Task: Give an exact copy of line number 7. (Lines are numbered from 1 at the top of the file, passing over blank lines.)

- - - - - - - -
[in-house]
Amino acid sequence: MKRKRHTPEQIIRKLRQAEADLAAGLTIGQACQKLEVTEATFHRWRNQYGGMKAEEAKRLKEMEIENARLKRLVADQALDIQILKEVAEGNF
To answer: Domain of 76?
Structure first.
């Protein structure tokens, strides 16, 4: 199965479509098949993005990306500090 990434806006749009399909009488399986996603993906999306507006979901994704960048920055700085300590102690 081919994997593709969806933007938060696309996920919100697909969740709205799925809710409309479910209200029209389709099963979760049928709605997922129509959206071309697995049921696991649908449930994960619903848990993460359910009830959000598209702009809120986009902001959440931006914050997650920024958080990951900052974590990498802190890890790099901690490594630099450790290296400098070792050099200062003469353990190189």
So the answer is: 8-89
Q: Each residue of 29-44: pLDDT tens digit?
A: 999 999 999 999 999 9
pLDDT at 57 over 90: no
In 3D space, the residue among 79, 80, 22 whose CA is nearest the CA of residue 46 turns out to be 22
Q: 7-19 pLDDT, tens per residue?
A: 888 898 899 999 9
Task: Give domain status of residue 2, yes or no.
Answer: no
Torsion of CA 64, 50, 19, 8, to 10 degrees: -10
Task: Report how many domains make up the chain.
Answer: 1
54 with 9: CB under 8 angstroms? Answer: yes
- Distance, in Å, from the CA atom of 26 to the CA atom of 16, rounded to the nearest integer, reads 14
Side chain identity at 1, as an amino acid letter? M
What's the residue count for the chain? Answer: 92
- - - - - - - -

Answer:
Q: Each residue of 29-44: pLDDT tens digit?